3. National is a conservative party. It refuses to contemplate the large-scale changes needed to shift NZ to a country of high savings, high investment & high productivity. The Party never liked Kiwi Saver. A guy called John Key stated when it was first debated in Parliament in 2006, "There are many problems within Kiwi Saver .. National will not support Kiwi Saver. We do not think it will work ..". After it was enacted over his protests, funds under management were $6 billion in 2010. They're now nearly $100 billion. National will also never support the build-up in privately-provided competitive health-care services required to save our health system. It will not support the break-up of monopoly power rife in NZ. National always has been, and still is, a pro-business, not pro-market, political party. It is not pro-consumer.


4. ACT has no solution to NZ's welfare problems. The only way a right-wing party can help solve them is to be pro-strong families, which ACT is not. It is a classically liberal party. Weak families mean high truancy, high crime, weak education & large numbers of folks isolated on their own, which require welfare to clean up the problems. Yet ACT barely recognizes the family as being the vital institution that nurtures the young. It is only with strong family support that you can get away with the low State support that ACT desires. Weak families lead to higher welfare spending as the social problems they create proliferate. So ACT's views on taxes & welfare make no long-term coherent sense.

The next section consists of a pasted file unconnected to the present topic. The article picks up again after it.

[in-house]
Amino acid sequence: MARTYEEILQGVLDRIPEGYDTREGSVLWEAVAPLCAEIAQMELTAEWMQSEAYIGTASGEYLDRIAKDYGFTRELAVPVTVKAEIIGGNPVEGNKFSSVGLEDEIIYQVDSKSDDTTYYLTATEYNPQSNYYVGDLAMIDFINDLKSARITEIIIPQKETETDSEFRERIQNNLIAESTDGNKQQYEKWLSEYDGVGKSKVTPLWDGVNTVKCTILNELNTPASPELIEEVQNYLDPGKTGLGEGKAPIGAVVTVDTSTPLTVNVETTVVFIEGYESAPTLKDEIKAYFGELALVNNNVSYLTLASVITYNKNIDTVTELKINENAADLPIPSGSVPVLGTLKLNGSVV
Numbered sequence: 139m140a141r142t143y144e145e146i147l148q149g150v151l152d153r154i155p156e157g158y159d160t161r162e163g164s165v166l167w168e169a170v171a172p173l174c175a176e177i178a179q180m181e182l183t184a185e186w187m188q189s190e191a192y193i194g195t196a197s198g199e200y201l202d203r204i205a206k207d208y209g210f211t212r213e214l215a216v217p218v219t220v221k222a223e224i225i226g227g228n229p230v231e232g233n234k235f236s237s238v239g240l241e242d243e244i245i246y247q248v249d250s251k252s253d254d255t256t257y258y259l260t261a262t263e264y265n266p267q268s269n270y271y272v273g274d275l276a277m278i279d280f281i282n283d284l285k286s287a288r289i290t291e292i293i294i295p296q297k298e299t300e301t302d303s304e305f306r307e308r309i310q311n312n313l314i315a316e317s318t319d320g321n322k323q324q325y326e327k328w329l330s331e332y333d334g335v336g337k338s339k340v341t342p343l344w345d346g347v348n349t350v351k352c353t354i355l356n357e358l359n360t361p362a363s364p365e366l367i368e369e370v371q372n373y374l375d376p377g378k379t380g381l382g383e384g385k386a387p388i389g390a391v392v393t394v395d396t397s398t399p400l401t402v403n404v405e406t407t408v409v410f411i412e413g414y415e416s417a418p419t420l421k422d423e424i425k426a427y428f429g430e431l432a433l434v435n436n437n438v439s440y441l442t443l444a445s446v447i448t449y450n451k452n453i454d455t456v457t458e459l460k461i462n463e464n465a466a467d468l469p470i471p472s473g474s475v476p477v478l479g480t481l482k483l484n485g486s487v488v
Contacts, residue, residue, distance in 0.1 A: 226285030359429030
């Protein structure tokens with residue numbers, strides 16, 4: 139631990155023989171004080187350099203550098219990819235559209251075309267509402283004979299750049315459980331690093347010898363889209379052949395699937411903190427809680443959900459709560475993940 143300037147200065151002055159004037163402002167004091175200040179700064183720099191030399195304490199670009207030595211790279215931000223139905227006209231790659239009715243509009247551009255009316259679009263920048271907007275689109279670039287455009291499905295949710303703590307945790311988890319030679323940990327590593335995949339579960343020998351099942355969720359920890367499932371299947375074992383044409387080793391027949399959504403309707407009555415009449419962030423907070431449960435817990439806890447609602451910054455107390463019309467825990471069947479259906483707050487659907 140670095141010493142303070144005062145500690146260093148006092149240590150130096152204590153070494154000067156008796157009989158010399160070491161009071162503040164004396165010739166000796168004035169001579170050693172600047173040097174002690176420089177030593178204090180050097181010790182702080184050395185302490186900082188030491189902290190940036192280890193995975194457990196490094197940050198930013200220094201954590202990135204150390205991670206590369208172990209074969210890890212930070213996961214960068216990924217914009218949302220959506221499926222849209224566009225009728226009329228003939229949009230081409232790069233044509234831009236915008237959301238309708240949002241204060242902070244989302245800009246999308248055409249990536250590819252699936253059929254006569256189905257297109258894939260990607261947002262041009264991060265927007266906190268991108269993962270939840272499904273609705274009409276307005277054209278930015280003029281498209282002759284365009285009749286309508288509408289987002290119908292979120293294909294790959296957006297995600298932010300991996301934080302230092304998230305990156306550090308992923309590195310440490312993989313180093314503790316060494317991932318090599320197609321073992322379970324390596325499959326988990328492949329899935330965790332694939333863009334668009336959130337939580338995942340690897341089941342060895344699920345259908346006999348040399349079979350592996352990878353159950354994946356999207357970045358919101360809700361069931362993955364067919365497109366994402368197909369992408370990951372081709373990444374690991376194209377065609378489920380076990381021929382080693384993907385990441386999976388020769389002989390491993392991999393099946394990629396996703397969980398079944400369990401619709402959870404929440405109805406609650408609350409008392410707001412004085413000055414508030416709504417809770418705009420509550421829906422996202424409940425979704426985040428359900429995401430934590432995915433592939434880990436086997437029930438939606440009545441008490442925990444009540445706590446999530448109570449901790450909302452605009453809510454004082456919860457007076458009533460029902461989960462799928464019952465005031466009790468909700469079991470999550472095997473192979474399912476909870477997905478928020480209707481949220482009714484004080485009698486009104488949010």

5. Last but not least, NZ First is happy to stand-by & support the worsening of NZ's fiscal situation by not supporting measures it perceives will weaken the power of the elderly and strengthen the young. For example, it has ruled out any change in retirement age. However, in the face of an ageing population, an entirely new system of institutions for NZ, including Singapore-style retirement & health savings accounts, is needed to solve our problems.


So my view is that we should not be tricked into thinking any savior currently exists in our current political landscape. Labour was so bad, it had to be voted out, so anything is an improvement upon that lot as they currently exist. But as for the present Coalition sorting out NZ's long-term structural problems, whether it be fixing Auckland or our welfare system in the face of an ageing population, none of the parties comprising it even come close.